The Royal Australian Navy’s HMAS Waller diesel-electric submarine in Sydney Harbour. Photo: AFP
by Neil Newman
by Neil Newman

Did Aukus just torpedo Europe’s ‘united front’ to contain China?

  • The uproar over Australia’s nuclear submarine deal threatens the relationship between the EU and the US, and could push France and Germany into softer positions on China
  • How France and Germany align will hinge on newly elected Olaf Scholz, and may come down to the Germans making a choice between Washington and Beijing

James Bond, embodied by Daniel Craig, pouted his way down the red carpet in London on Tuesday for the premiere of his final adventure as Britain’s favourite secret agent. The Bond film series has transformed many times over its 50-year run, adapting with the times.

Bond films have ranged from camp comedy with David Niven and Roger Moore, to brutal, Cold-War-tinged super-spy thrillers with Sean Connery and George Lazenby in the role, to gritty and modern action with Pierce Brosnan – and Timothy Dalton’s romp to fight Soviet arms dealers alongside Afghan freedom fighters in The Living Daylights falling somewhere strange in between. As Commander Craig hands back his blanks-firing Walther PPK and heads for his favourite pub in Shropshire, we are left wondering: who will be the next “Bond, James Bond”, and where will the source of villains be drawn from?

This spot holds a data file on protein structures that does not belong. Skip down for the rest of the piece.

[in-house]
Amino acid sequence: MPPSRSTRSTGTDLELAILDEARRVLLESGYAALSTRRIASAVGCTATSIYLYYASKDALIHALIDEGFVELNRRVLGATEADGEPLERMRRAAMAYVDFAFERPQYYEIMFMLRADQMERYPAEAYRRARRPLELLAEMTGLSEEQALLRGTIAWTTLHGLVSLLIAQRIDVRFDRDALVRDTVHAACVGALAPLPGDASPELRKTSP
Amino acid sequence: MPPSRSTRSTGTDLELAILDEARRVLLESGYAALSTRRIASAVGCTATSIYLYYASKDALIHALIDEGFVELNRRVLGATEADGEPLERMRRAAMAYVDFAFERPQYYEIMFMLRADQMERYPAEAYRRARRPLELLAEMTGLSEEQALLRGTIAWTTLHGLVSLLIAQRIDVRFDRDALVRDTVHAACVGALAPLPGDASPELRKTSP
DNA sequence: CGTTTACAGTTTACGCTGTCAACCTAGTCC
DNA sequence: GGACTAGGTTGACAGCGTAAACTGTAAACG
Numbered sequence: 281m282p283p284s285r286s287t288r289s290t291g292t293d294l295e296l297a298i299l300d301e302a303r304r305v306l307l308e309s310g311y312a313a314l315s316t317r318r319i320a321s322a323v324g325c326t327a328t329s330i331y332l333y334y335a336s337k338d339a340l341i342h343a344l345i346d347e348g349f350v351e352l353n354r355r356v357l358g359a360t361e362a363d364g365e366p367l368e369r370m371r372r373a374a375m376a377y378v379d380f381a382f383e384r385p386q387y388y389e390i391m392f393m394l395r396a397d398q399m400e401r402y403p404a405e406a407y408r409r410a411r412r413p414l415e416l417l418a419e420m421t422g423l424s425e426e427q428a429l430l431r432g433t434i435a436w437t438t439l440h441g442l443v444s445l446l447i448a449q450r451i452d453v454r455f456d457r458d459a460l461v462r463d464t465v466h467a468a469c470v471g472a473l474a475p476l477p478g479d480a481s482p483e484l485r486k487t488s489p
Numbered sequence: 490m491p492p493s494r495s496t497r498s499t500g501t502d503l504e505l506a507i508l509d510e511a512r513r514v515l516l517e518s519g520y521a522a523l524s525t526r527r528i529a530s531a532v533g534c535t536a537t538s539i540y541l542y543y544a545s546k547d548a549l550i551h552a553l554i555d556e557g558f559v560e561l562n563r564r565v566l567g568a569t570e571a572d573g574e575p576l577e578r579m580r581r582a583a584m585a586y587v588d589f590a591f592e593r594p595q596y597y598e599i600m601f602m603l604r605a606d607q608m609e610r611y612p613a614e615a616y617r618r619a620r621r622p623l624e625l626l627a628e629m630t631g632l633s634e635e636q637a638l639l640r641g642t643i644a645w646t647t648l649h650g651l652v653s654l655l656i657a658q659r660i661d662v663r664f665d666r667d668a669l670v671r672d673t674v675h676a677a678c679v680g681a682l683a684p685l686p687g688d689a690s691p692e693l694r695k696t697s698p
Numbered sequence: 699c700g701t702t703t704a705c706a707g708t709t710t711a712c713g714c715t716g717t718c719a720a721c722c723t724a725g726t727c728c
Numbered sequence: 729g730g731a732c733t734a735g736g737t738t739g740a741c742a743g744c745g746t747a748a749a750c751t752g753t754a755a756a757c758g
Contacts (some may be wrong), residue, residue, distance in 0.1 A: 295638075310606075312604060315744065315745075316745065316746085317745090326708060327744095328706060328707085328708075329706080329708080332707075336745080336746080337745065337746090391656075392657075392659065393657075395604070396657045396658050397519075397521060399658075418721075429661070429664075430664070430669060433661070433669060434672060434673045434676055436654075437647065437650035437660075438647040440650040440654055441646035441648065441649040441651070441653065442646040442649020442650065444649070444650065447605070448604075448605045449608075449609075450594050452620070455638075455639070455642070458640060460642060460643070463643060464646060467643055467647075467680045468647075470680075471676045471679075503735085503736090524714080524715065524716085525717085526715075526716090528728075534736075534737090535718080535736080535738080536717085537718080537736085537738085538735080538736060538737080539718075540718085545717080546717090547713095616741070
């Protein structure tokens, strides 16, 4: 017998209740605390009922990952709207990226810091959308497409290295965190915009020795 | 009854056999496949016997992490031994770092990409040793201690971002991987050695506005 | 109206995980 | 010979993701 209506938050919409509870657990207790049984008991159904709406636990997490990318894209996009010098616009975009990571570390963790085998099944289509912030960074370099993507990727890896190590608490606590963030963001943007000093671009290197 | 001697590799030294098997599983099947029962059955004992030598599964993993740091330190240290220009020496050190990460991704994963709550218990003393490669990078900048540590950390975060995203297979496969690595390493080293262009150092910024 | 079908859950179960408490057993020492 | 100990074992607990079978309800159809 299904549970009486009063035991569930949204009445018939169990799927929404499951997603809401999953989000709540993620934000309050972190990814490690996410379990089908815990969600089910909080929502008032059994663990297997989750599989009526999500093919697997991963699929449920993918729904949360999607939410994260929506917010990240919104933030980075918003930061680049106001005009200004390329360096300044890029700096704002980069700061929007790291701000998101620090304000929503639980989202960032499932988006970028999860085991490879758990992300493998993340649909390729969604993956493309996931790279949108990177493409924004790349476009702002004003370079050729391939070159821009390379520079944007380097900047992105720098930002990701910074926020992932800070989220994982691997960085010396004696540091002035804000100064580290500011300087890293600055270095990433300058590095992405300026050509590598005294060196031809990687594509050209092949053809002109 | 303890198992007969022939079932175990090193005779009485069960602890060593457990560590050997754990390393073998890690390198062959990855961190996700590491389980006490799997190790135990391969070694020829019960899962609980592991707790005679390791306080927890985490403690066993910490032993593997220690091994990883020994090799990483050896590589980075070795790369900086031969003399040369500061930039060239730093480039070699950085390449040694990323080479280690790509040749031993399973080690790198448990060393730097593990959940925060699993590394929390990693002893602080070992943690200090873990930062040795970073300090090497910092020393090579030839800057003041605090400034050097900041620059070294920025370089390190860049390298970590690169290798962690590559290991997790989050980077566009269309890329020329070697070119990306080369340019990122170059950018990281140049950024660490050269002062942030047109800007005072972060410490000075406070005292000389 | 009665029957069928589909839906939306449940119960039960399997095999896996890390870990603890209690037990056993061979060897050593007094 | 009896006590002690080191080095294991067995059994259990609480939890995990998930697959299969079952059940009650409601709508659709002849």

Given the events of the past few weeks and the tantrums from the French, I’m wondering if Port Antonio in Jamaica gets swapped for something nearer to Bond’s home – perhaps Boulogne – and the screenwriters write in a new French villain we’d love to hate. Perhaps with some heinous scheme to make the world’s stocks of fish and shellfish radioactive.

Daniel Craig stars as James Bond in No Time to Die. Photo: MGM